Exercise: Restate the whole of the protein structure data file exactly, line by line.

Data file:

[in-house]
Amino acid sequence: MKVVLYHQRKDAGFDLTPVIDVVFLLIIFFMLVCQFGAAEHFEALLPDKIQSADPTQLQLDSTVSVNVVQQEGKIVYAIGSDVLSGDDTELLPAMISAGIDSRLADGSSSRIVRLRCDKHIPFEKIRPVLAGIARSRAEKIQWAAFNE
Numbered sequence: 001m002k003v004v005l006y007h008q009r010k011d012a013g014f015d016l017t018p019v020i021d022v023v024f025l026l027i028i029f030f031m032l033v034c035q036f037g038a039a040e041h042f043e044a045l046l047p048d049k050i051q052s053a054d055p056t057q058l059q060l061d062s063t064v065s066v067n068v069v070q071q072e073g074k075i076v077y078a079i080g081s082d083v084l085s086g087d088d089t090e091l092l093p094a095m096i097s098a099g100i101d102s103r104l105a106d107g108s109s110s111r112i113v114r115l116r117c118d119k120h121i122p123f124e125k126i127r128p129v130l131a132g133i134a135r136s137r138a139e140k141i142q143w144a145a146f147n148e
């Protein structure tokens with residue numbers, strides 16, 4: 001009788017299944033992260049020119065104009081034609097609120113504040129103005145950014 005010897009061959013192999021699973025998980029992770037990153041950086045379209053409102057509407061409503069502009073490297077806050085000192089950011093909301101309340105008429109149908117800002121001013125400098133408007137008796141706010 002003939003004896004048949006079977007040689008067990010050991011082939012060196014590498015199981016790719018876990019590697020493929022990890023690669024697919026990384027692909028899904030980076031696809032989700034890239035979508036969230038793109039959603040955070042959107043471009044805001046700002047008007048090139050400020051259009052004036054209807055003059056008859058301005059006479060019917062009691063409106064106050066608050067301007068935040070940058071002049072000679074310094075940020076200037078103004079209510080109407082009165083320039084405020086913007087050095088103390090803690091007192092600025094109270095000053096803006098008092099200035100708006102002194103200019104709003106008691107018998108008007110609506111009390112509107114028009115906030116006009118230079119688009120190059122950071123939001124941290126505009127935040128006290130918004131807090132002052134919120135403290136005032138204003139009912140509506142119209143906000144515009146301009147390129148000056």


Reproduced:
[in-house]
Amino acid sequence: MKVVLYHQRKDAGFDLTPVIDVVFLLIIFFMLVCQFGAAEHFEALLPDKIQSADPTQLQLDSTVSVNVVQQEGKIVYAIGSDVLSGDDTELLPAMISAGIDSRLADGSSSRIVRLRCDKHIPFEKIRPVLAGIARSRAEKIQWAAFNE
Numbered sequence: 001m002k003v004v005l006y007h008q009r010k011d012a013g014f015d016l017t018p019v020i021d022v023v024f025l026l027i028i029f030f031m032l033v034c035q036f037g038a039a040e041h042f043e044a045l046l047p048d049k050i051q052s053a054d055p056t057q058l059q060l061d062s063t064v065s066v067n068v069v070q071q072e073g074k075i076v077y078a079i080g081s082d083v084l085s086g087d088d089t090e091l092l093p094a095m096i097s098a099g100i101d102s103r104l105a106d107g108s109s110s111r112i113v114r115l116r117c118d119k120h121i122p123f124e125k126i127r128p129v130l131a132g133i134a135r136s137r138a139e140k141i142q143w144a145a146f147n148e
């Protein structure tokens with residue numbers, strides 16, 4: 001009788017299944033992260049020119065104009081034609097609120113504040129103005145950014 005010897009061959013192999021699973025998980029992770037990153041950086045379209053409102057509407061409503069502009073490297077806050085000192089950011093909301101309340105008429109149908117800002121001013125400098133408007137008796141706010 002003939003004896004048949006079977007040689008067990010050991011082939012060196014590498015199981016790719018876990019590697020493929022990890023690669024697919026990384027692909028899904030980076031696809032989700034890239035979508036969230038793109039959603040955070042959107043471009044805001046700002047008007048090139050400020051259009052004036054209807055003059056008859058301005059006479060019917062009691063409106064106050066608050067301007068935040070940058071002049072000679074310094075940020076200037078103004079209510080109407082009165083320039084405020086913007087050095088103390090803690091007192092600025094109270095000053096803006098008092099200035100708006102002194103200019104709003106008691107018998108008007110609506111009390112509107114028009115906030116006009118230079119688009120190059122950071123939001124941290126505009127935040128006290130918004131807090132002052134919120135403290136005032138204003139009912140509506142119209143906000144515009146301009147390129148000056």